Docking in Memphis | The FedEx World Hub
What we learned from our private tour of the FedEx World Hub:
With the volume of packages and orders we process, having a great relationship with shipment carrier is critical. Our partnership with FedEx has proven to be a match made in heaven.
With over 850 acres, 40+ miles of conveyor belts, and over 11,000 employees to process roughly 1.3 million packages a day, it is difficult to overstate the FedEx operational process.
Through our private tour, we were able to see just how much pride every member of the FedEx team takes in their work. From the eight flight simulators (each one costs $15 million) to the sorting matrix to the Boeing 777's on the tarmac, every piece of the FedEx puzzle moves at peak efficiency.
Before diving into what we learned, I want to first give you a glimpse of the tour and FedEx process.
From 9:30 PM to 1:00 AM over 150 FedEx cargo planes land every night. And by 4:30 AM each plane is already on its way to a new destination. To put this in better perspective, FedEx purchased 1.27 billion gallons of fuel in 2018 alone.
Watching the team unload a cargo plane looks a lot like a NASCAR pitstop. As soon as the plane stops securely, a team rushes up with a stairway for the pilots while another team opens the cargo doors and begins unloading. Their goal is to unload a Boeing 777, the largest plane in the FedEx fleet, in under one hour and 7 minutes. Yes, they are that specific. The scene from Cast Away with the clocks, it really is accurate. FedEx is obsessed with time, in a good way.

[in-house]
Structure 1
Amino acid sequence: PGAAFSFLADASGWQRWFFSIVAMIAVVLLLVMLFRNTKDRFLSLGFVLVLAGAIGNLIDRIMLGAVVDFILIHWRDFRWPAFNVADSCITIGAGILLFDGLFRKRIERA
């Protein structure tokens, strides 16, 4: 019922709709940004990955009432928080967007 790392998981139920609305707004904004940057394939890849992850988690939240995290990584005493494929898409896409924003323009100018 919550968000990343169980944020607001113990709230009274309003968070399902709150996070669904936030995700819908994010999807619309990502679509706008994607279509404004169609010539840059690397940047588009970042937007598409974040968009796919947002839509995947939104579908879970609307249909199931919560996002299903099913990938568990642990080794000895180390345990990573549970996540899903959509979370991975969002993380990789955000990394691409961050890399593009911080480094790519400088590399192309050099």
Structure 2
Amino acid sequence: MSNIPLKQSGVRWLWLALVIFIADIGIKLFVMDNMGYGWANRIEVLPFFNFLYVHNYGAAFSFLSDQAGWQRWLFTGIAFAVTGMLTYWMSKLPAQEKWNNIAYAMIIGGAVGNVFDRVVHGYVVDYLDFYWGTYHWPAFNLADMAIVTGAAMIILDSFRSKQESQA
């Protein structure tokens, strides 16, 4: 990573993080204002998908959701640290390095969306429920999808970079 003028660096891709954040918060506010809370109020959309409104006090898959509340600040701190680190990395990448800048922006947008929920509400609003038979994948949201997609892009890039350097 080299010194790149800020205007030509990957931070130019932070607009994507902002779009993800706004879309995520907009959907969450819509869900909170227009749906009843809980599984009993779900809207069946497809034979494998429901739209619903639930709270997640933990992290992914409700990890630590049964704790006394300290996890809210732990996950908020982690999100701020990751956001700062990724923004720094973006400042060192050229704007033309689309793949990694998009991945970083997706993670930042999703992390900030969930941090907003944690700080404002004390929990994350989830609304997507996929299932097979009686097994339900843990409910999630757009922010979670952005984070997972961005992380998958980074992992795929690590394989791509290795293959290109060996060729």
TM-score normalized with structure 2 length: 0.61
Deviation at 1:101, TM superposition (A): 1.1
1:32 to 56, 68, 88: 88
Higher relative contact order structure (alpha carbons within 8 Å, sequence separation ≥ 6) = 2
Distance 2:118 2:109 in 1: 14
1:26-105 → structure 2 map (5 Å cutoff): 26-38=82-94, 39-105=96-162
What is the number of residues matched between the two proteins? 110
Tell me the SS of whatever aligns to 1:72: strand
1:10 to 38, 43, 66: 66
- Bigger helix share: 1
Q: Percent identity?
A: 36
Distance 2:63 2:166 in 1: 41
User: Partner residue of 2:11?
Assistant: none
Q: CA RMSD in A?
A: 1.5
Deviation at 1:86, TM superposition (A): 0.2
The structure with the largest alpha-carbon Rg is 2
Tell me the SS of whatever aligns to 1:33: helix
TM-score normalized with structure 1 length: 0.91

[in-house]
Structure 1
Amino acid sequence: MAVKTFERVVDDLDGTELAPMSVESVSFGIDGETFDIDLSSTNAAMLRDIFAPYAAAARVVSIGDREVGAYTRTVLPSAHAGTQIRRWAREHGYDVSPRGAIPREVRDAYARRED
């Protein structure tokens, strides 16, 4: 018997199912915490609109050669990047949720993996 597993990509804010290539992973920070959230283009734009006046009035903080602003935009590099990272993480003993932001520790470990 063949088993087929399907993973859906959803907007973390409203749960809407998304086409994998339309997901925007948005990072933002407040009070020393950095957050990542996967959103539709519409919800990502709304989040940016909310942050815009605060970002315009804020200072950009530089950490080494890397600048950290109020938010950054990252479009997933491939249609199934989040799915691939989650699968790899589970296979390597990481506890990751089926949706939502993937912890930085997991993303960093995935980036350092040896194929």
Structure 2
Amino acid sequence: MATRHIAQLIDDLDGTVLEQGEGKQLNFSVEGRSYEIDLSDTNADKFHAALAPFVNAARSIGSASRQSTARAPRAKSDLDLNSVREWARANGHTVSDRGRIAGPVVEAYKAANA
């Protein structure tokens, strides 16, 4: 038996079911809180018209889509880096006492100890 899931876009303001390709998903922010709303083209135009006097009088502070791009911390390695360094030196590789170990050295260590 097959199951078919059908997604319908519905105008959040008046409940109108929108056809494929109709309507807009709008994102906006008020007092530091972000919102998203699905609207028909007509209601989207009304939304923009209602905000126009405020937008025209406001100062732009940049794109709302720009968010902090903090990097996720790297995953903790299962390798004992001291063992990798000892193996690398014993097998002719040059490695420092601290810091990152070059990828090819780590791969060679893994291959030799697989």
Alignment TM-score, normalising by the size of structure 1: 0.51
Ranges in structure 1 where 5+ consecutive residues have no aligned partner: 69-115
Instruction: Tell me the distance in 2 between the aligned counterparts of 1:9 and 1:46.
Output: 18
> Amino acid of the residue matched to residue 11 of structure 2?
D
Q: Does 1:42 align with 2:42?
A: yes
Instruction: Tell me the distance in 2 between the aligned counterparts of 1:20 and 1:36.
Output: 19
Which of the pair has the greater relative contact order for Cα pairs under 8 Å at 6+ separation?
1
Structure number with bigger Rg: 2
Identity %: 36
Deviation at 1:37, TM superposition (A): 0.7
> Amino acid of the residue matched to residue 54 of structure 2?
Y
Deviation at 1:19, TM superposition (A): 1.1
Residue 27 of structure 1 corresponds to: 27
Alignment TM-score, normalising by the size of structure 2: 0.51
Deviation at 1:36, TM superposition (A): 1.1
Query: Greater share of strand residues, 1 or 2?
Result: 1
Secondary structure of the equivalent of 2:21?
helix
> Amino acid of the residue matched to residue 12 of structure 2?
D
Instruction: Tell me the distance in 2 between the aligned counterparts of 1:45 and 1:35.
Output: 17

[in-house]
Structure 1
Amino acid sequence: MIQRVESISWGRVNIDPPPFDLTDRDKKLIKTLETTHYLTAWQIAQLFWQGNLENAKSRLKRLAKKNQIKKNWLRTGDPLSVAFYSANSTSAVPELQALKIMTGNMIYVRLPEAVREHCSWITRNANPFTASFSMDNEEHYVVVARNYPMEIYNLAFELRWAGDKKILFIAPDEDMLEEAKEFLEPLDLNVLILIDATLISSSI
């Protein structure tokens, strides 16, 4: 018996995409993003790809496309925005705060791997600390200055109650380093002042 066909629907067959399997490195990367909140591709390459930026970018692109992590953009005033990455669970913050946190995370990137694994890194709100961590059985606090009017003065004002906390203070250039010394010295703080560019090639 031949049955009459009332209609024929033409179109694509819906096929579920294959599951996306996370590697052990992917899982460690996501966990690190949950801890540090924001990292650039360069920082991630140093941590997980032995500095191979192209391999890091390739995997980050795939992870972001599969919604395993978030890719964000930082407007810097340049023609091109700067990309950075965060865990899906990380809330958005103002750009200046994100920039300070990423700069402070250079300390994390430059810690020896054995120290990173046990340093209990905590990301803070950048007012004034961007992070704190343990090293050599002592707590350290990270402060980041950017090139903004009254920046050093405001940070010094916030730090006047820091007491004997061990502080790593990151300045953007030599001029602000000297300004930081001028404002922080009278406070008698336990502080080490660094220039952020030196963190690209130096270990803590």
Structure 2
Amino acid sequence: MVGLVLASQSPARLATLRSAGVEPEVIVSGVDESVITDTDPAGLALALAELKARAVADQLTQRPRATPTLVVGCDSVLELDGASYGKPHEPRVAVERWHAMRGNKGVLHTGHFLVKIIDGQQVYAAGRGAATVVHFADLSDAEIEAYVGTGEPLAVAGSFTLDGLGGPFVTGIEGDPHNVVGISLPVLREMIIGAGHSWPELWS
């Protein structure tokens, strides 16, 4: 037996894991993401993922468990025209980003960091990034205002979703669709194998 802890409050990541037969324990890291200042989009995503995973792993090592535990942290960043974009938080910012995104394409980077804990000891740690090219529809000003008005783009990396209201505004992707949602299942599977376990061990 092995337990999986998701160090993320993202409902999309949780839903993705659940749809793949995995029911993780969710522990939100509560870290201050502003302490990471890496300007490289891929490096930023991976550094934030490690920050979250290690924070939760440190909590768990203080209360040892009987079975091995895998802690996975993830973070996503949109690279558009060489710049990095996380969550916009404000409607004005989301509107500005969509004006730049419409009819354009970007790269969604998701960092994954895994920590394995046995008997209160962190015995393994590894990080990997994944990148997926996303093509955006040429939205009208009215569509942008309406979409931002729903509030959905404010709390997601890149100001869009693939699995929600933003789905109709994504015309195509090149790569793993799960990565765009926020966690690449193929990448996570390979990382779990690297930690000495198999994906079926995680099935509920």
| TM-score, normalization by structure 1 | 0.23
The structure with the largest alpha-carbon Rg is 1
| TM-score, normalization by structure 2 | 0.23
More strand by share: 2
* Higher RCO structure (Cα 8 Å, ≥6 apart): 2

The Matrix:Our next stop was the Matrix, or beginning of the mid-size package sort. When the packages hit the matrix, it is like a tidal wave of cardboard.
During the Matrix process, packages are separated by sizes and/or destinations via 12 barcode scanners and 19 diverters. A diverter is a device that moves a package from one conveyor to another conveyor.
After miles and miles of conveyor belts, mid-size packages are loaded back onto a cargo plane and await departure to their final destination.
The small parcels are a whole other animal. This is how we ship the majority of our two-day shipments. When your customers select "Expedited Shipping" at checkout, this is likely how we will ship their order.
Small packages enter the facility and are scanned and ride yet another conveyor. The system deposits the packages in the proper bin and they are loaded onto the outgoing plane.
By the time we left the FedEx facility, all of the packages we watched arrive during our tour were already en route to their final destination.
Our visit to FedEx was a great opportunity to see FedEx from the employee side. The employees genuinely care about their work and FedEx genuinely cares about their employees. They are proud of their work and excited about the direction FedEx is going. We are too.
This blog post basically reads like a FedEx commercial, because in some ways it is. FedEx is a critical component of 1776 Consulting. We specialize in taking online orders and getting them to the customer in the most cost-effective and efficient manner. When orders leave one of our warehouses, our job is only halfway done. The order still has to arrive at the customer's door. That is where FedEx is able to excel.